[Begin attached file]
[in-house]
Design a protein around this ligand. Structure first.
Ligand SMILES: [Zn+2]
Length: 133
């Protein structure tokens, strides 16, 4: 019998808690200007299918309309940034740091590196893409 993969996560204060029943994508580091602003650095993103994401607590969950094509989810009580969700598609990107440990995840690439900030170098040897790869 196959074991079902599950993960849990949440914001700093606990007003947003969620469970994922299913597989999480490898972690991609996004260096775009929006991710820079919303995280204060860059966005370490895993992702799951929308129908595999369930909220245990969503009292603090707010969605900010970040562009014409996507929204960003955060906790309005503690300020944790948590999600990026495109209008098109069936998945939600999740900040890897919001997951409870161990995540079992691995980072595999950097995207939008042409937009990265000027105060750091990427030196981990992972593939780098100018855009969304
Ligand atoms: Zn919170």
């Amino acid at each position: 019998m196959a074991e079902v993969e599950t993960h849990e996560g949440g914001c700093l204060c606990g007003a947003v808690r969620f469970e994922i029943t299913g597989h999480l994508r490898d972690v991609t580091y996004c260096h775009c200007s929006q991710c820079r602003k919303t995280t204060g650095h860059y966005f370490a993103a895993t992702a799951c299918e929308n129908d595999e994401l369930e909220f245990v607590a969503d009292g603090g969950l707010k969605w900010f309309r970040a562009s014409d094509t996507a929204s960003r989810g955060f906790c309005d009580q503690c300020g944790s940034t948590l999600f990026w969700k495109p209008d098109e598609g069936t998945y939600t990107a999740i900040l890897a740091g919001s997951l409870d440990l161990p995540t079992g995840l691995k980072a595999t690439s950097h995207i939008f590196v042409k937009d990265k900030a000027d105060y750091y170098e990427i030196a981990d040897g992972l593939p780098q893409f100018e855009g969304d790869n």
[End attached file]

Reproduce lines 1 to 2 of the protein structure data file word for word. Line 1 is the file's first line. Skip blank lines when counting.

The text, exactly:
[in-house]
Design a protein around this ligand. Structure first.